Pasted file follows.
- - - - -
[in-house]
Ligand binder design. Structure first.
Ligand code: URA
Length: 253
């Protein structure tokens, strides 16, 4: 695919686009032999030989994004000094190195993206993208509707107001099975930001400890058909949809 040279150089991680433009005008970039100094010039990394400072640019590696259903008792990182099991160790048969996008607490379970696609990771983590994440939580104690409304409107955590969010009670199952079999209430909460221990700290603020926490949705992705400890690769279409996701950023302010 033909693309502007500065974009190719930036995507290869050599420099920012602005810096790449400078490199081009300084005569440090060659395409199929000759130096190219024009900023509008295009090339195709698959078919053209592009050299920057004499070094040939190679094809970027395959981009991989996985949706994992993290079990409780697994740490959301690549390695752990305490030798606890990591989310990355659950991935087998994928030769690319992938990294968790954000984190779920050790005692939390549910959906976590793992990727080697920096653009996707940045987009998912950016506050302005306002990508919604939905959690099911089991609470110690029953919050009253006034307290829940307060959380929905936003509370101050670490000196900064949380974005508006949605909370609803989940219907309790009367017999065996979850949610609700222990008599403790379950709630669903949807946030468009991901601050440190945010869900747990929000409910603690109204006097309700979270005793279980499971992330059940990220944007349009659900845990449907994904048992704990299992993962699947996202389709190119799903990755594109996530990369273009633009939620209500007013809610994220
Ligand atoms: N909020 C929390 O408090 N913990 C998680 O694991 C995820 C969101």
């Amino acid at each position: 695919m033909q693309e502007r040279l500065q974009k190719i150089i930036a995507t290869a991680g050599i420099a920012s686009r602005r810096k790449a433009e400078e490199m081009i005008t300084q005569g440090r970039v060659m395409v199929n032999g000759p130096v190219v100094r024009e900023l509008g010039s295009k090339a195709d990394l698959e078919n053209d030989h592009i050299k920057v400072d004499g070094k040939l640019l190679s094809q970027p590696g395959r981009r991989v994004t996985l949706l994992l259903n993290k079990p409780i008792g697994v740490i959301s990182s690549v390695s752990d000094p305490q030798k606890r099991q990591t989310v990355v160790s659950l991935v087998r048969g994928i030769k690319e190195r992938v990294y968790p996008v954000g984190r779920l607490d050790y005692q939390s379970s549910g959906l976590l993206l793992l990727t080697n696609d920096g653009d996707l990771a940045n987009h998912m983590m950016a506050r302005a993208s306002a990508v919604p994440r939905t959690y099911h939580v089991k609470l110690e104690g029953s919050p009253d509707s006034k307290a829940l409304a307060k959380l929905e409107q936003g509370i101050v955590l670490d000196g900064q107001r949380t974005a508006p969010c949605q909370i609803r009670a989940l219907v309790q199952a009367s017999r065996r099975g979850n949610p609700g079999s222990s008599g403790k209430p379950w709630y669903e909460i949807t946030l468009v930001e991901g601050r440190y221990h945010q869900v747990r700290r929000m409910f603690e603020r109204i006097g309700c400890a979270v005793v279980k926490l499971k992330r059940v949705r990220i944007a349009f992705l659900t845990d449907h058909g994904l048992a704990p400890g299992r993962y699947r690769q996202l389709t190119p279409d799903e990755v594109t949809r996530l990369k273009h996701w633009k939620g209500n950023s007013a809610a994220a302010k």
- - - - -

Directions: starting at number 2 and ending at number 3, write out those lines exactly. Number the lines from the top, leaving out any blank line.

Ligand binder design. Structure first.
Ligand code: URA